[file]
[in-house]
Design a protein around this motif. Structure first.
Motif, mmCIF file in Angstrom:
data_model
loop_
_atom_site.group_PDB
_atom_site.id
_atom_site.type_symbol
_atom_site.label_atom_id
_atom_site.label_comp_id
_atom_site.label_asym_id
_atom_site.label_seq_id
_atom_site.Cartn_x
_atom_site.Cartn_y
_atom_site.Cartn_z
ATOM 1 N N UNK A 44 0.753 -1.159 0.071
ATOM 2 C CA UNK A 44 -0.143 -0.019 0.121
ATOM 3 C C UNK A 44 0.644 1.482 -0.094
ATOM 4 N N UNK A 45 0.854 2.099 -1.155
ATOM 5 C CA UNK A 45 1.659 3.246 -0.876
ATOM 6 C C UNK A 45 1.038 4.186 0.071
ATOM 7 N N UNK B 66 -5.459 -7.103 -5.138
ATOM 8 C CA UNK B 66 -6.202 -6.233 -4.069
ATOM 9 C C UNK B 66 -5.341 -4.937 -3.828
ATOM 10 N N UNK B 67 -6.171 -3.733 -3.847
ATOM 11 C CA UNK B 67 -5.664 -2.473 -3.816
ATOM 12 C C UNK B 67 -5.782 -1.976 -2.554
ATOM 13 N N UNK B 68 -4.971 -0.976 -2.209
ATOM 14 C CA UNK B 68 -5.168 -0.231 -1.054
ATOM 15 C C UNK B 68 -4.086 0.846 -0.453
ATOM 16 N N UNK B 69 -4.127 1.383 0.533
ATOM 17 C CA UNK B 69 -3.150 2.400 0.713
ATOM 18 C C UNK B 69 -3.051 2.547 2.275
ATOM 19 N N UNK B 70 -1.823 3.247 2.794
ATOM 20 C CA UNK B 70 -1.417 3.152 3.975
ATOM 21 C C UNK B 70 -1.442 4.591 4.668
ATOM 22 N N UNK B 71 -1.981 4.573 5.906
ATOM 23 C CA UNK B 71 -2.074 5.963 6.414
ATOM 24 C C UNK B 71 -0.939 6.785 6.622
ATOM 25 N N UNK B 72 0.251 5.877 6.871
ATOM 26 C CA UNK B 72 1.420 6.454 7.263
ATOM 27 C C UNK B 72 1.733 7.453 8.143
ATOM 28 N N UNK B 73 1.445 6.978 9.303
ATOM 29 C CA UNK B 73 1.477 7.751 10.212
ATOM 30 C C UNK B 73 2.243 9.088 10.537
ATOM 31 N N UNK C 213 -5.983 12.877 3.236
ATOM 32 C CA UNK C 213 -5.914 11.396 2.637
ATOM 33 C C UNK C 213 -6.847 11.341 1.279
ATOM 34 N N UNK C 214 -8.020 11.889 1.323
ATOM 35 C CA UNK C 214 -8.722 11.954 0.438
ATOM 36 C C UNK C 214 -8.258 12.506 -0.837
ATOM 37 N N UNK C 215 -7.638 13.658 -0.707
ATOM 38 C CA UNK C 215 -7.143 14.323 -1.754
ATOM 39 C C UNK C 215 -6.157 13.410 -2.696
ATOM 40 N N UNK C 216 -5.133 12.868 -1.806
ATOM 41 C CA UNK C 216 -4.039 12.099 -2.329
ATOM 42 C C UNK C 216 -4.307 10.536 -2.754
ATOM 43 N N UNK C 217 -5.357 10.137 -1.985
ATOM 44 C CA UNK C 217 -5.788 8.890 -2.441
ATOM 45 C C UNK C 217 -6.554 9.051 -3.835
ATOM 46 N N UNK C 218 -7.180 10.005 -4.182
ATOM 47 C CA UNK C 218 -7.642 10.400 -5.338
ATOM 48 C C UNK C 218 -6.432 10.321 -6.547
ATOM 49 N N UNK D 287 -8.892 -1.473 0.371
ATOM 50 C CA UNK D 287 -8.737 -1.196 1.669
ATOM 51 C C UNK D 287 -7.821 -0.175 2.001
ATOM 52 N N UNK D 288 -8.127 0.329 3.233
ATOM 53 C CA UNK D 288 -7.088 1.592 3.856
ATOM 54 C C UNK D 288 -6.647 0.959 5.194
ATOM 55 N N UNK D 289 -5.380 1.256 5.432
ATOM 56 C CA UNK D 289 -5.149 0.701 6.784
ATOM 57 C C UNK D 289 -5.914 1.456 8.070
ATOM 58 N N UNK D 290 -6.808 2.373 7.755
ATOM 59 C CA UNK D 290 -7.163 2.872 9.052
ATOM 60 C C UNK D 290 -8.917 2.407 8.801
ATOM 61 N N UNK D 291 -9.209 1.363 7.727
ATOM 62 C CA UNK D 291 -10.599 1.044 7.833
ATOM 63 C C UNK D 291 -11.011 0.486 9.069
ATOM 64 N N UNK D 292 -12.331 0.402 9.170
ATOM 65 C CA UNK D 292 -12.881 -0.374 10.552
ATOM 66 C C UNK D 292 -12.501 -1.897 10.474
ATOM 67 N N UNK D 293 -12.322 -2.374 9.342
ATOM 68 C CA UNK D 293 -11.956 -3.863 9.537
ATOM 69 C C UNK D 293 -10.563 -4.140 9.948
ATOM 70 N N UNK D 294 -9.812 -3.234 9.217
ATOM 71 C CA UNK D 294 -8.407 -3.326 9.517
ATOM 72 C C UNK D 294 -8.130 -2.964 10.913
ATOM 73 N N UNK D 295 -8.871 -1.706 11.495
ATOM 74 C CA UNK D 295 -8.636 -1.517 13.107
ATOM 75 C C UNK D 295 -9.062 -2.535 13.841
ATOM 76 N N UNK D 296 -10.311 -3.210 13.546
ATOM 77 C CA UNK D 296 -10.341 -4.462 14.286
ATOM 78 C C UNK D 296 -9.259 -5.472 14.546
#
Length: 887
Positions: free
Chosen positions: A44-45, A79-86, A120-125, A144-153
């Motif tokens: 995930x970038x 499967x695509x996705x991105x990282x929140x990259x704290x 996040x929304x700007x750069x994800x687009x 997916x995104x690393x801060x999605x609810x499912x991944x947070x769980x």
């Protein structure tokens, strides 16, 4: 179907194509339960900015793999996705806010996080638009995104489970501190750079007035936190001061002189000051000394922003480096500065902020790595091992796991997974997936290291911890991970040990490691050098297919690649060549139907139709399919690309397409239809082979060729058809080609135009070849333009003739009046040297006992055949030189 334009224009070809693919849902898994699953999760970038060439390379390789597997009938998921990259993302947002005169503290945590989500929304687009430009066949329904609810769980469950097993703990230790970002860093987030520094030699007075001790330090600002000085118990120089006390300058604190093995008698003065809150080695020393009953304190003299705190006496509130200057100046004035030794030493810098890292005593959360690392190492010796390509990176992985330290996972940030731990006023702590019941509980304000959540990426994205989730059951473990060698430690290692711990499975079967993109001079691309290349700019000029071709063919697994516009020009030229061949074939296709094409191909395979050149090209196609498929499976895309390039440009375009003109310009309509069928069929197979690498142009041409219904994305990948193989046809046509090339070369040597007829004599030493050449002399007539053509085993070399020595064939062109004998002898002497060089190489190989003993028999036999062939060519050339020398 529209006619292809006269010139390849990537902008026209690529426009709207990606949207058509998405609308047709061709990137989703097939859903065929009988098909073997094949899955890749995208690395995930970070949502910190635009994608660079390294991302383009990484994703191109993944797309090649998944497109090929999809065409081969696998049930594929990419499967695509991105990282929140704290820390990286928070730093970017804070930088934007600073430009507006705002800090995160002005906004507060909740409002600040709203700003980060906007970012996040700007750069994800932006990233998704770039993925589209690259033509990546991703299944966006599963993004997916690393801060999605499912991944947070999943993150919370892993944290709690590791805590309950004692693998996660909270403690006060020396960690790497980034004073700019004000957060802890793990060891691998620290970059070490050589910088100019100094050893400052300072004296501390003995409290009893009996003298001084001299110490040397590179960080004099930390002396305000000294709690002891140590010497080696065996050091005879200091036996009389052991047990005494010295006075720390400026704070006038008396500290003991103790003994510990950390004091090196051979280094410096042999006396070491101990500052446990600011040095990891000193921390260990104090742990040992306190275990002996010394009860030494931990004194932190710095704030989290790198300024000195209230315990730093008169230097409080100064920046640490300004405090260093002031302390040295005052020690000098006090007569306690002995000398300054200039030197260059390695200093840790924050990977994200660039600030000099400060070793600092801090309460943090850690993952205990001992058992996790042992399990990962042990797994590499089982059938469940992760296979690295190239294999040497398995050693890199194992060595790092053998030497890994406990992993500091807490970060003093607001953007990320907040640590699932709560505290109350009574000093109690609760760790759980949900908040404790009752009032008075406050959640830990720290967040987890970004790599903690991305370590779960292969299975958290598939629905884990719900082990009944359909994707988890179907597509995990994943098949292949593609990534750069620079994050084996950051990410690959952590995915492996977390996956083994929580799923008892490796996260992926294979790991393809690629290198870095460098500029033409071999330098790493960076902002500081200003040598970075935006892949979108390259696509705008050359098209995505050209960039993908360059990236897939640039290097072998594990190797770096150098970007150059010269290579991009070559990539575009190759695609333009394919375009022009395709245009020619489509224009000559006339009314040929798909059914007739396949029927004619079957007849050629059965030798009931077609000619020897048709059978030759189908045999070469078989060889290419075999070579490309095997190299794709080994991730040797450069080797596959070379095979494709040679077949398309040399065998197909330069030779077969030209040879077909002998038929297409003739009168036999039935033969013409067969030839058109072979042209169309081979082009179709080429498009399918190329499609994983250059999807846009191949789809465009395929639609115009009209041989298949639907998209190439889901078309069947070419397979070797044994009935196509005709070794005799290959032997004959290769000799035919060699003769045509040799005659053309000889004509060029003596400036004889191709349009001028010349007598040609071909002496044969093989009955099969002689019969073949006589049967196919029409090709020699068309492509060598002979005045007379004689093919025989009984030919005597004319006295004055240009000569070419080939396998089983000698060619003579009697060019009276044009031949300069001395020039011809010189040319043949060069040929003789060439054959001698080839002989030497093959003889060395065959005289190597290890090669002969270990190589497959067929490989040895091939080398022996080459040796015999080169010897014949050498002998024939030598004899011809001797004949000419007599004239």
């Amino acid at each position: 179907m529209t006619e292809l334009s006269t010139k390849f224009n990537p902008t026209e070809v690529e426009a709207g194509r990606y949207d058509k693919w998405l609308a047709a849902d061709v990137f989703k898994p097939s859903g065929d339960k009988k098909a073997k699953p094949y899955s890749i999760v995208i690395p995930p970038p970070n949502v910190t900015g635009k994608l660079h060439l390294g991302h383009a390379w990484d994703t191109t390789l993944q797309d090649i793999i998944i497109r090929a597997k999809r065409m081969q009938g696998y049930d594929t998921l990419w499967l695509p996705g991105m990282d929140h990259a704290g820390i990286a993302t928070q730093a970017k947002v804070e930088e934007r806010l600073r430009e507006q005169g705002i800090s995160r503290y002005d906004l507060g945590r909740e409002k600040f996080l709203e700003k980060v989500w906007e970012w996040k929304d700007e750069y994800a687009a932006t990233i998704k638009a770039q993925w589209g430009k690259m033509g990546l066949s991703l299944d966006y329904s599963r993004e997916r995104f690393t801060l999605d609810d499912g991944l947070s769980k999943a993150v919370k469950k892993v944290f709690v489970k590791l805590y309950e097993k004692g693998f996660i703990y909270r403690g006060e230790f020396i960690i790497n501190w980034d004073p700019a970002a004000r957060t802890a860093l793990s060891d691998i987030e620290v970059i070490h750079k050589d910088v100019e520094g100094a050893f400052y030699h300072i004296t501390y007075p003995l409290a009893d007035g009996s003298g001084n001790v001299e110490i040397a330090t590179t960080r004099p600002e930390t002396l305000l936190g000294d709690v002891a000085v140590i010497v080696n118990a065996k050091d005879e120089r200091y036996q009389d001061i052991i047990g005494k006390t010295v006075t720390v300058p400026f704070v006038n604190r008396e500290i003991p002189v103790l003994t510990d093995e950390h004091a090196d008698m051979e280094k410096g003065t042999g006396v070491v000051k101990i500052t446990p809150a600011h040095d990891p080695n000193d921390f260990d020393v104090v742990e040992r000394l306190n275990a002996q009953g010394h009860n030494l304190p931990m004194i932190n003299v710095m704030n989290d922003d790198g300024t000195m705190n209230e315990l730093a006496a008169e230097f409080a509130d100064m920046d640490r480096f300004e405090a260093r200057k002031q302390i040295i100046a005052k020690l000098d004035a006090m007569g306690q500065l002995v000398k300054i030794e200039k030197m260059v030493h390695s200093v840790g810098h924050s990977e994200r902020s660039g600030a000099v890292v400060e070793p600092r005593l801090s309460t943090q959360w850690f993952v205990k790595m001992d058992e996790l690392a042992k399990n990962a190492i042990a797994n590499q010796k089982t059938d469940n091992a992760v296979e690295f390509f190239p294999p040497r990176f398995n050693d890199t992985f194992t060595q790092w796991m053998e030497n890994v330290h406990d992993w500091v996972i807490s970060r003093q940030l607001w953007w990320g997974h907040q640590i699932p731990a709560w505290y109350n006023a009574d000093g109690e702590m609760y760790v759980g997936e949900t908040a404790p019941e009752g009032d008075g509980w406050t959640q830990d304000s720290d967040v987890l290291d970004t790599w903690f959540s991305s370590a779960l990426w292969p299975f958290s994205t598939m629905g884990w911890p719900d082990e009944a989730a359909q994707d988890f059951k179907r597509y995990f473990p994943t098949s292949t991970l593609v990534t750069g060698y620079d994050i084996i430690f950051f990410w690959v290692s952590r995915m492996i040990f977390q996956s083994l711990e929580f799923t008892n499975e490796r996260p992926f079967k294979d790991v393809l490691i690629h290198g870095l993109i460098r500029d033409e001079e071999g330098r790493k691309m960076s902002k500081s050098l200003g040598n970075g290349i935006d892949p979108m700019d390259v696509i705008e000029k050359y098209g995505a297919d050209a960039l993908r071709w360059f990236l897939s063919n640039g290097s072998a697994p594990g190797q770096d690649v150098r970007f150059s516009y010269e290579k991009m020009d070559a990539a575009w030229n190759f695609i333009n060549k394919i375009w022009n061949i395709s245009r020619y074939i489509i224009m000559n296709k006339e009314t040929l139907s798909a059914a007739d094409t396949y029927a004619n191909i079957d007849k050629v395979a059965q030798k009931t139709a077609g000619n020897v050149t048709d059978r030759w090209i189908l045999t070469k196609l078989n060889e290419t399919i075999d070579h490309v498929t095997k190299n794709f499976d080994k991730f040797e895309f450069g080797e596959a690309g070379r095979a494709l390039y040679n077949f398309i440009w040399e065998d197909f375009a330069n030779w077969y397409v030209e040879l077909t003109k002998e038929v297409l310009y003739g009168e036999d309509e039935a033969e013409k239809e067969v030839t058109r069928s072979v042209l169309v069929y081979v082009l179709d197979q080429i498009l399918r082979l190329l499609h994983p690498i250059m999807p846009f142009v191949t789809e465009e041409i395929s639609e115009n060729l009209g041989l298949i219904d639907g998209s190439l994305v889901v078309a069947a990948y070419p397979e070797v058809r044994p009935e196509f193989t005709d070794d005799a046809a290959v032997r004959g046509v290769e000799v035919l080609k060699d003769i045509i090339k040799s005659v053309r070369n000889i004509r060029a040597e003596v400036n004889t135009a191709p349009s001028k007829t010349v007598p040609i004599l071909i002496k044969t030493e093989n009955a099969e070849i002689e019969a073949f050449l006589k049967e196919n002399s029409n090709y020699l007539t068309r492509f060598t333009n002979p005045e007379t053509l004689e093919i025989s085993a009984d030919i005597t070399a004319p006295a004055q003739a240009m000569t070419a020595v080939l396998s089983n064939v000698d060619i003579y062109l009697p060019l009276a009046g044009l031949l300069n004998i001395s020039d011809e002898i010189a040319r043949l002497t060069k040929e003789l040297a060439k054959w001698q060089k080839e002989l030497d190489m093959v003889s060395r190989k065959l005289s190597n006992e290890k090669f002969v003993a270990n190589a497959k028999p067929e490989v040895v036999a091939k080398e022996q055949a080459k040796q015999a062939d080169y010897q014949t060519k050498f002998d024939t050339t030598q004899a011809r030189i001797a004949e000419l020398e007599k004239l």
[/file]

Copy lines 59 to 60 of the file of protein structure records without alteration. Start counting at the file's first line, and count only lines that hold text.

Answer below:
ATOM 44 C CA UNK C 217 -5.788 8.890 -2.441
ATOM 45 C C UNK C 217 -6.554 9.051 -3.835